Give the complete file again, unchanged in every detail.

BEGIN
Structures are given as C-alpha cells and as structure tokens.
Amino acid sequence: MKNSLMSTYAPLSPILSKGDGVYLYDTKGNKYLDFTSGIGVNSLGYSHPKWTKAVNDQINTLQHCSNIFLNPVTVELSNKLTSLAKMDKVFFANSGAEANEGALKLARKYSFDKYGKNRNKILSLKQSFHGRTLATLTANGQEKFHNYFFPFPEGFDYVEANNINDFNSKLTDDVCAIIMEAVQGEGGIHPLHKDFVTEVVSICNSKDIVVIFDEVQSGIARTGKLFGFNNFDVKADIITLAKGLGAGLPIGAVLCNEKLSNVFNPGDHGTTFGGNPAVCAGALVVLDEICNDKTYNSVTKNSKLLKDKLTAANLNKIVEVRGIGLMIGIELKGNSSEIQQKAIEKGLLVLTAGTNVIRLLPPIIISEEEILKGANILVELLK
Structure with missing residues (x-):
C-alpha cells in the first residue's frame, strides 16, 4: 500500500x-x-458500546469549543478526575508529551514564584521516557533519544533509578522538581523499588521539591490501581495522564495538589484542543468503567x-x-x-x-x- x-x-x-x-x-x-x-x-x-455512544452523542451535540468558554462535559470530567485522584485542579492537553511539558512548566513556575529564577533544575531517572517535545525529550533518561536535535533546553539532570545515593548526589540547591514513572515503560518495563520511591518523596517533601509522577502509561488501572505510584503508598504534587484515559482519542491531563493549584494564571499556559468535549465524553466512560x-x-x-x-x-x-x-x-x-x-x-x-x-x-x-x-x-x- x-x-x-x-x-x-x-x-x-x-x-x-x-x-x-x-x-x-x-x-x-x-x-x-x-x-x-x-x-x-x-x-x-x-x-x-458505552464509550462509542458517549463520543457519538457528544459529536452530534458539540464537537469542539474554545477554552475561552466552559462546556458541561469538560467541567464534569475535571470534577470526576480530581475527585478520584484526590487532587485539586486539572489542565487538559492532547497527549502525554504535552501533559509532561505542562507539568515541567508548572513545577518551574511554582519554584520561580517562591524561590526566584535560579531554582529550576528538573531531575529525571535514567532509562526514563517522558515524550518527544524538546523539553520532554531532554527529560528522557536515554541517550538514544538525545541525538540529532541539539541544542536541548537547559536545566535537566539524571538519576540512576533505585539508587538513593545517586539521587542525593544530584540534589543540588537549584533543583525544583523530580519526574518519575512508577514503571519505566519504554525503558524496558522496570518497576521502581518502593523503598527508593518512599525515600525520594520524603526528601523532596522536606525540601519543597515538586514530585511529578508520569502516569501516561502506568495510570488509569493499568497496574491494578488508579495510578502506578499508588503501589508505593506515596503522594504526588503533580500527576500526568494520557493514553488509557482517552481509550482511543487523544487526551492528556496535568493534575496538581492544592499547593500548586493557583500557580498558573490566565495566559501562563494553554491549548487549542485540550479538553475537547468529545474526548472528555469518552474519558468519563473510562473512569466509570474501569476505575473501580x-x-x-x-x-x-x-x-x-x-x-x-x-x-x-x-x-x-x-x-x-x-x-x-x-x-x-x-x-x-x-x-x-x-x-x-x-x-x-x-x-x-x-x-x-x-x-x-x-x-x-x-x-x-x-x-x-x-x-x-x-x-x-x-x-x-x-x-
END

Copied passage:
Structures are given as C-alpha cells and as structure tokens.
Amino acid sequence: MKNSLMSTYAPLSPILSKGDGVYLYDTKGNKYLDFTSGIGVNSLGYSHPKWTKAVNDQINTLQHCSNIFLNPVTVELSNKLTSLAKMDKVFFANSGAEANEGALKLARKYSFDKYGKNRNKILSLKQSFHGRTLATLTANGQEKFHNYFFPFPEGFDYVEANNINDFNSKLTDDVCAIIMEAVQGEGGIHPLHKDFVTEVVSICNSKDIVVIFDEVQSGIARTGKLFGFNNFDVKADIITLAKGLGAGLPIGAVLCNEKLSNVFNPGDHGTTFGGNPAVCAGALVVLDEICNDKTYNSVTKNSKLLKDKLTAANLNKIVEVRGIGLMIGIELKGNSSEIQQKAIEKGLLVLTAGTNVIRLLPPIIISEEEILKGANILVELLK
Structure with missing residues (x-):
C-alpha cells in the first residue's frame, strides 16, 4: 500500500x-x-458500546469549543478526575508529551514564584521516557533519544533509578522538581523499588521539591490501581495522564495538589484542543468503567x-x-x-x-x- x-x-x-x-x-x-x-x-x-455512544452523542451535540468558554462535559470530567485522584485542579492537553511539558512548566513556575529564577533544575531517572517535545525529550533518561536535535533546553539532570545515593548526589540547591514513572515503560518495563520511591518523596517533601509522577502509561488501572505510584503508598504534587484515559482519542491531563493549584494564571499556559468535549465524553466512560x-x-x-x-x-x-x-x-x-x-x-x-x-x-x-x-x-x- x-x-x-x-x-x-x-x-x-x-x-x-x-x-x-x-x-x-x-x-x-x-x-x-x-x-x-x-x-x-x-x-x-x-x-x-458505552464509550462509542458517549463520543457519538457528544459529536452530534458539540464537537469542539474554545477554552475561552466552559462546556458541561469538560467541567464534569475535571470534577470526576480530581475527585478520584484526590487532587485539586486539572489542565487538559492532547497527549502525554504535552501533559509532561505542562507539568515541567508548572513545577518551574511554582519554584520561580517562591524561590526566584535560579531554582529550576528538573531531575529525571535514567532509562526514563517522558515524550518527544524538546523539553520532554531532554527529560528522557536515554541517550538514544538525545541525538540529532541539539541544542536541548537547559536545566535537566539524571538519576540512576533505585539508587538513593545517586539521587542525593544530584540534589543540588537549584533543583525544583523530580519526574518519575512508577514503571519505566519504554525503558524496558522496570518497576521502581518502593523503598527508593518512599525515600525520594520524603526528601523532596522536606525540601519543597515538586514530585511529578508520569502516569501516561502506568495510570488509569493499568497496574491494578488508579495510578502506578499508588503501589508505593506515596503522594504526588503533580500527576500526568494520557493514553488509557482517552481509550482511543487523544487526551492528556496535568493534575496538581492544592499547593500548586493557583500557580498558573490566565495566559501562563494553554491549548487549542485540550479538553475537547468529545474526548472528555469518552474519558468519563473510562473512569466509570474501569476505575473501580x-x-x-x-x-x-x-x-x-x-x-x-x-x-x-x-x-x-x-x-x-x-x-x-x-x-x-x-x-x-x-x-x-x-x-x-x-x-x-x-x-x-x-x-x-x-x-x-x-x-x-x-x-x-x-x-x-x-x-x-x-x-x-x-x-x-x-x-